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A tree-lined photo with the State Capitol Museum building in the background.
Photograph: Visit Sacramento

The best things to do in Sacramento right now

The best things to do in Sacramento include awesome vintage shops, beautiful craft breweries and stunning nature trails

John Bills
Erika Mailman
Edited by
John Bills
Written by
Erika Mailman

Tradition and transformation collide with dizzying results in stunning Sacramento, where a revitalized downtown core sits snugly within an area of beautiful nature that will take your breath away. Well, give you fresh breath, although the excitement downtown might take care of the breath removal part of that, but you get what we’re trying to say. This place is brilliant, and the best things to do in Sacramento are proof.

The City of Trees is the capital of the world’s seventh-largest economy, and that sums up Sacramento. Innovative museums and galleries are the norm, while organic farmers markets and fabulous restaurants keep the place buzzing. Take it away, Sacramento.

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Best things to do in Sacramento

Besides touring the inside of the Capitol Building (which you should do), be sure to visit the surrounding city park that houses an astounding variety of trees from all over the world. Each tree is labeled, so you can geek out on all the palm, redwood, and citrus trees (often with countless pieces of fruit hanging from the branches). Covering 40 acres and spanning 12 city blocks, it is considered one of the most beautiful state capitol grounds in the country. Highlights include the World Peace Rose Garden, the Camellia Grove, and a California native plants section. There are also monuments and points of interest, such as a Vietnam War memorial.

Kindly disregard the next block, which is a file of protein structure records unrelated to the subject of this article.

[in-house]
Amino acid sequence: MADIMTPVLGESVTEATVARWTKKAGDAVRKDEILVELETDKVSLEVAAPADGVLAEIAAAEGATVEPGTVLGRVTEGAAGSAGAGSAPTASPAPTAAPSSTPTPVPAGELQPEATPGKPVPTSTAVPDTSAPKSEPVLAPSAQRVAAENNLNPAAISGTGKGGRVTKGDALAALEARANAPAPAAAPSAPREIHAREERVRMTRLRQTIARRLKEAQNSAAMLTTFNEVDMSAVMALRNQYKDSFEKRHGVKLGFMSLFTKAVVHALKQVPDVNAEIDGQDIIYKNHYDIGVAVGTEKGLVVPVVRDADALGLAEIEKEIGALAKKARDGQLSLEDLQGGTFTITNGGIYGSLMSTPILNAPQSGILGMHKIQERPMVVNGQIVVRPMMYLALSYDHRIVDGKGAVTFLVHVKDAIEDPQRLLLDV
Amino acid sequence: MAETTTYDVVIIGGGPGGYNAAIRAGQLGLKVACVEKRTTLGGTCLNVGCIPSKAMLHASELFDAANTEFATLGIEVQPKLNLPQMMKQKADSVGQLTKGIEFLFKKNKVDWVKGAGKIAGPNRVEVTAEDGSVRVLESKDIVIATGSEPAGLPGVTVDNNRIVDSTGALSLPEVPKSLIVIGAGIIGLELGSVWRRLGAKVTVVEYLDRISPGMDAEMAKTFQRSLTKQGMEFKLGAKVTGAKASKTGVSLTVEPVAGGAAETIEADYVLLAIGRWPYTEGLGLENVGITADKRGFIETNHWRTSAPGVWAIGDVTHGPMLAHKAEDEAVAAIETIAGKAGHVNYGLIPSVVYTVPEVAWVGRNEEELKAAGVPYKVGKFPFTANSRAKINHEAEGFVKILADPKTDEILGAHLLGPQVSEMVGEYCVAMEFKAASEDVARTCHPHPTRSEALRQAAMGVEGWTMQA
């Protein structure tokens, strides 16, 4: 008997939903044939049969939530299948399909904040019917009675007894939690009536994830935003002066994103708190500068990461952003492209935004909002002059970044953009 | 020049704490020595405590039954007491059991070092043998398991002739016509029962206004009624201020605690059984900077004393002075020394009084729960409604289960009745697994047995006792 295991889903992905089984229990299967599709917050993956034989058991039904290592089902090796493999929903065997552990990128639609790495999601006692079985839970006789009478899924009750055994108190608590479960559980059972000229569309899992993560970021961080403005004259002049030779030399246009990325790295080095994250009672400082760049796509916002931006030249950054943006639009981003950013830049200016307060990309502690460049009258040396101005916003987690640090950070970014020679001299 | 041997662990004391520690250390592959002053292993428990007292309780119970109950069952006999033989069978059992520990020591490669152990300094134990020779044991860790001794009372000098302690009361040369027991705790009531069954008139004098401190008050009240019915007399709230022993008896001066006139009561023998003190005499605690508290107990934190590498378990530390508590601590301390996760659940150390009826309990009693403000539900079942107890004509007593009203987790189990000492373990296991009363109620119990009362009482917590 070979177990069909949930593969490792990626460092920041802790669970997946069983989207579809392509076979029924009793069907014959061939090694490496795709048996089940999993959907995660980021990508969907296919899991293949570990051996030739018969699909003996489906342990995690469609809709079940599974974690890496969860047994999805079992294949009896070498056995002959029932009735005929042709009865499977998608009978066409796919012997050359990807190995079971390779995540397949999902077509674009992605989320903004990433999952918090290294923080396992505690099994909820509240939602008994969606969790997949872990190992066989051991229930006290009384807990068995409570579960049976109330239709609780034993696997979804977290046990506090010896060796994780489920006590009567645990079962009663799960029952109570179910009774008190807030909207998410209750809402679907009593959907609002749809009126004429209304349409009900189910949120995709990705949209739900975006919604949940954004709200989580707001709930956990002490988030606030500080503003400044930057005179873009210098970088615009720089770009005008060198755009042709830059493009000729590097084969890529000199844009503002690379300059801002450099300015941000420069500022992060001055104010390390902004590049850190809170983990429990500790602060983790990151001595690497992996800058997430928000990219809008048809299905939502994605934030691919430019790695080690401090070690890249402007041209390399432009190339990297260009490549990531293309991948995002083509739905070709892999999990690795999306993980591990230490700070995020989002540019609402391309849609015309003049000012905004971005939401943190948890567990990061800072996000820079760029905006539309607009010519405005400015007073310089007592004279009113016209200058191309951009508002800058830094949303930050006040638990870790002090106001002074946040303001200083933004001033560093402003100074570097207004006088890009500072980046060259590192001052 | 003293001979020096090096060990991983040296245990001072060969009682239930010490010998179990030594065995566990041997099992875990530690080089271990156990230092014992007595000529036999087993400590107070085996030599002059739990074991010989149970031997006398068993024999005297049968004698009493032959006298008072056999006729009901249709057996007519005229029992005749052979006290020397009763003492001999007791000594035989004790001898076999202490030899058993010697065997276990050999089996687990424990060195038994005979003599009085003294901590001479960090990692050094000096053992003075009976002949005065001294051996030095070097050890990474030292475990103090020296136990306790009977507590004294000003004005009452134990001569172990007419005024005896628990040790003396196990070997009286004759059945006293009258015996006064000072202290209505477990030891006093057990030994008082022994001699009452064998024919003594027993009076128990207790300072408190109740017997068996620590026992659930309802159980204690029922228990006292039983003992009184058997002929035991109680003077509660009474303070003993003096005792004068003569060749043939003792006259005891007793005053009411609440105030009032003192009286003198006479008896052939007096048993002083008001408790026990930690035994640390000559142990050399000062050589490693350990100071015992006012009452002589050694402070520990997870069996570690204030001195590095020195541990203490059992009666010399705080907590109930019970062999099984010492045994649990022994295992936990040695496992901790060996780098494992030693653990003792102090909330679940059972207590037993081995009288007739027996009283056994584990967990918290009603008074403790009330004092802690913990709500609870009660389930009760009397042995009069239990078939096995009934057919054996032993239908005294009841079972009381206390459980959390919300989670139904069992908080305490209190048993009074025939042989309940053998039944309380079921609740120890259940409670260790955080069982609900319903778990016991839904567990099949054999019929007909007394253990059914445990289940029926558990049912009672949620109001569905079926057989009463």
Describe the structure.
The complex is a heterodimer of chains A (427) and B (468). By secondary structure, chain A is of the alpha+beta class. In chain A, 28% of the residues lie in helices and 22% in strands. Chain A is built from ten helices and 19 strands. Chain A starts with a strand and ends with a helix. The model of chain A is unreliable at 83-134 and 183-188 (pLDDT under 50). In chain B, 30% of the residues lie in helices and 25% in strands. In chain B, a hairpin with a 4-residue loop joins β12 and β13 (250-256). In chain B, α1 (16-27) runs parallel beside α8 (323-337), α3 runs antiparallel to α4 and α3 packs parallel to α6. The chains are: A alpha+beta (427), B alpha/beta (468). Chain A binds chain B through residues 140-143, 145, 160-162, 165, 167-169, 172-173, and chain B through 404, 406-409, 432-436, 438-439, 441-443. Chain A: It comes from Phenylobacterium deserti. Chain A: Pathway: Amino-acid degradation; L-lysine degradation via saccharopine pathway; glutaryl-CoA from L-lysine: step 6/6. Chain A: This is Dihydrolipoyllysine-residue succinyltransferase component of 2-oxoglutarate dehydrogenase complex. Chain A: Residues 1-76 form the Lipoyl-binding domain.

Craft breweries
Photograph: Courtesy Track 7

2. Craft breweries

Beer is serious business in Sacramento, and the craft breweries in the region offer something for everyone’s taste, from hoppy saisons and creative sours to classic double IPAs and coffee stouts. But you’ll notice the locals drinking lots of hazy IPAs—try one for yourself at Track 7’s Curtis Park taproom, named for the proximity to the old Western Pacific railroad lines. We also love the Bee Line Honey Blonde Ale. If you want to team housemade beers with smoky BBQ, try the Urban Roots Brewery & Smokehouse, and who can resist the allure of the Big Sexy Brewing Company with live music on Friday nights?


Ignore the kitschy souvenir shops and soak up the old-timey atmosphere of this historic part of town. Developed during the Gold Rush of the late 1840s, Old Sacramento takes you back to those pioneer days with covered plank sidewalks, cobblestone streets, and more than 50 historic buildings, including original landmarks like the schoolhouse and Eagle Theatre. While you’re in the area, peek at the bright yellow Tower Bridge and maybe catch it when the middle span rises to let a tall vessel pass underneath, then grab a drink at O’Mally’s Irish Pub and wander through the eight rooms on two floors of Evangeline’s Costume Mansion with themed apparel and novelty gifts.

Located just blocks from Old Sacramento and the Golden 1 Center, the Crocker Art Museum is the ideal stop during a day spent out in the city center. This art museum in the west is split between two very different buildings — the Italian-style mansion from 1872 and an attached light-filled contemporary museum. The collections similarly are yin-yangish, with gold-framed old-world ‘European masters’ paintings, as well as modern art, international ceramics, and a robust collection of Asian, African, and Oceanic art. The Crocker also hosts a premier collection of Californian art, including from Sacramento’s beloved Wayne Thiebaud. Don’t miss his 1962 painting ‘Boston Cremes’ — the colorful rows of tantalizing creme pies are painted with such thick impasto you could almost taste the ‘frosting.’

Leland Stanford Mansion State Historic Park
Photograph: Shutterstock/Cassiohabib

5. Leland Stanford Mansion State Historic Park